Update: The supermoon lunar eclipse is tonight! Read on for full details.
A supermoon lunar eclipse is taking place Sunday night/Monday morning, and if you miss your chance to see it you’ll have to wait until 2033 for the next one.
Here are the important details: at 5:11pm PT/8:11pm ET on September 27 (1:11am GMT September 28), a shadow will begin to cast over the floating orb. By 10:11pm ET, a total eclipse will have begun, and it will peak at 10:47pm ET.
The eclipse is expected to last 1 hour and 11 minutes. Under clear skies, people in North America, South America, Europe, Africa and parts of West Asia and the eastern Pacific will be able to see the moon as it’s overtaken by the Earth’s shadow.
The event is so rare, the last supermoon lunar eclipse took place in 1982, according to NASA. There have only been five supermoon lunar eclipses since 1900.
What is a supermoon lunar eclipse?
It’s pretty phenomenal that a lunar eclipse is taking place in conjunction with a supermoon. To achieve supermoon status, you need a full moon. Done. Now, as the moon makes its closest approach to the Earth (the moon’s orbit is elliptical), it will look up to 14% larger in diameter than normal.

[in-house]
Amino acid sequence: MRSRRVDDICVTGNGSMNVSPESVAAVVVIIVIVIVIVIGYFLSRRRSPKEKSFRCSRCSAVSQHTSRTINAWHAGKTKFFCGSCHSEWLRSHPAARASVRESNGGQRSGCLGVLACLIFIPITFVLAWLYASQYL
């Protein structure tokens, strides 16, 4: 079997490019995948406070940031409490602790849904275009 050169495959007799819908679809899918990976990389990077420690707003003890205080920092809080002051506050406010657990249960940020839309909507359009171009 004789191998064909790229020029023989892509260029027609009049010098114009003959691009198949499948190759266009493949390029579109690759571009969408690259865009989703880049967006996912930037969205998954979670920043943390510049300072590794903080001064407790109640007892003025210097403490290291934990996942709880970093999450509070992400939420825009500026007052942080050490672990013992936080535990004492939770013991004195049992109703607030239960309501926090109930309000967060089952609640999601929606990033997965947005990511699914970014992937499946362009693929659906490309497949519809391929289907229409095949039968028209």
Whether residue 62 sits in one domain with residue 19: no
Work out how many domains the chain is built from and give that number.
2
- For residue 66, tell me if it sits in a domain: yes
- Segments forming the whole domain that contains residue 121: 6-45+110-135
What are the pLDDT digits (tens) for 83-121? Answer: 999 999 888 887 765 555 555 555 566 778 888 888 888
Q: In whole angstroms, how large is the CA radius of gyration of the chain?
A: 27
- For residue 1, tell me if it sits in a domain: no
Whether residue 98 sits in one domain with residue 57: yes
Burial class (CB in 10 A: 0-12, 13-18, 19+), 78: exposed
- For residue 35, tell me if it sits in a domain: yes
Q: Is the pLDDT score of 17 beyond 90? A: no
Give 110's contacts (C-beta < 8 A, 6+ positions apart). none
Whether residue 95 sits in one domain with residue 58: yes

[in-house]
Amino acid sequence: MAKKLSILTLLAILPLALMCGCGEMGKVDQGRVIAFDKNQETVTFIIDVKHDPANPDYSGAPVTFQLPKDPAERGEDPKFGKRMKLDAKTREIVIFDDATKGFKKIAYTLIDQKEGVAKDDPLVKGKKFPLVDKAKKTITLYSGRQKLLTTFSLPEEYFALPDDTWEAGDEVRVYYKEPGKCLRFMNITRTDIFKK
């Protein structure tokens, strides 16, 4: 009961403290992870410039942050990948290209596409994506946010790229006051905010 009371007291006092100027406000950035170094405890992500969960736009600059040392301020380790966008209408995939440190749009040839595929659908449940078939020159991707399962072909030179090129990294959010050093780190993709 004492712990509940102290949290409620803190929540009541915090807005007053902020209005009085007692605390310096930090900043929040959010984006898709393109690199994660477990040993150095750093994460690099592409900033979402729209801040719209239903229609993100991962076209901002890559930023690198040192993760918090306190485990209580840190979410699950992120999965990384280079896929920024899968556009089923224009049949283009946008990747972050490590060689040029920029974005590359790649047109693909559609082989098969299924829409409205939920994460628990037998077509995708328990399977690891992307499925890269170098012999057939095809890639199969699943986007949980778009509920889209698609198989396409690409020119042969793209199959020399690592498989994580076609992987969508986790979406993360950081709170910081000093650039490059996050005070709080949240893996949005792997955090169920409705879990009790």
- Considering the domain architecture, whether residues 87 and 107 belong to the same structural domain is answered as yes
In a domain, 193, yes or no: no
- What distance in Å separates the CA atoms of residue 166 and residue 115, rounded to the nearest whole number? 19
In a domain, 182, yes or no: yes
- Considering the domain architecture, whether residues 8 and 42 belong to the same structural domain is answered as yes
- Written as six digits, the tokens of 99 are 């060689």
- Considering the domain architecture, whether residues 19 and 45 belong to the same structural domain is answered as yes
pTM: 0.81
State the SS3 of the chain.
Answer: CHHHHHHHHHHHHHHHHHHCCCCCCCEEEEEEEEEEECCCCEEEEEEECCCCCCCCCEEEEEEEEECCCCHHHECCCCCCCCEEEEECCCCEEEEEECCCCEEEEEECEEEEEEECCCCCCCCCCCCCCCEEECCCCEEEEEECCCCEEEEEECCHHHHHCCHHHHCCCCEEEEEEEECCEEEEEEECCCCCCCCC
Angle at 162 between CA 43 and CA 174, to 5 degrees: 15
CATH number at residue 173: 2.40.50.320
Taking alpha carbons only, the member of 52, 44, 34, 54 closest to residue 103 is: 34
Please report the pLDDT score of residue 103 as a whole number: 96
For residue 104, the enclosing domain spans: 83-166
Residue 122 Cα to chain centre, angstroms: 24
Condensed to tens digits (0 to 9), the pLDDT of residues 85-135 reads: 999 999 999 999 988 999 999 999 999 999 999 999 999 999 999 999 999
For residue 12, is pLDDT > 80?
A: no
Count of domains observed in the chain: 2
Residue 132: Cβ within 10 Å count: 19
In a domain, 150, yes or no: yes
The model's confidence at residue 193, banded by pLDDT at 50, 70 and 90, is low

On Sunday/early Monday, the supermoon will be behind the Earth, passing into its shadow. The moon typically reflects sunlight, which results in its usual white glow, but during the eclipse, sunlight will only make it to the moon indirectly through the Earth’s atmosphere. Every color except red will be filtered out, resulting in the "blood moon" color we recognize during lunar eclipses.
If skies are still light or cloudy where you live, or you’re stuck inside, NASA is live streaming the eclipse starting at 8pm ET until 11:30pm ET. There will also be a feed coming in from the Griffith Observatory in Los Angeles, Adler Planetarium in Chicago, Ferbank Observatory in Atlanta and other locations.
And in a sign NASA has taken its social media game to a whole new level, a NASA solar physicist will talk about the eclipse and answer questions submitted through Twitter using the hashtag #askNASA.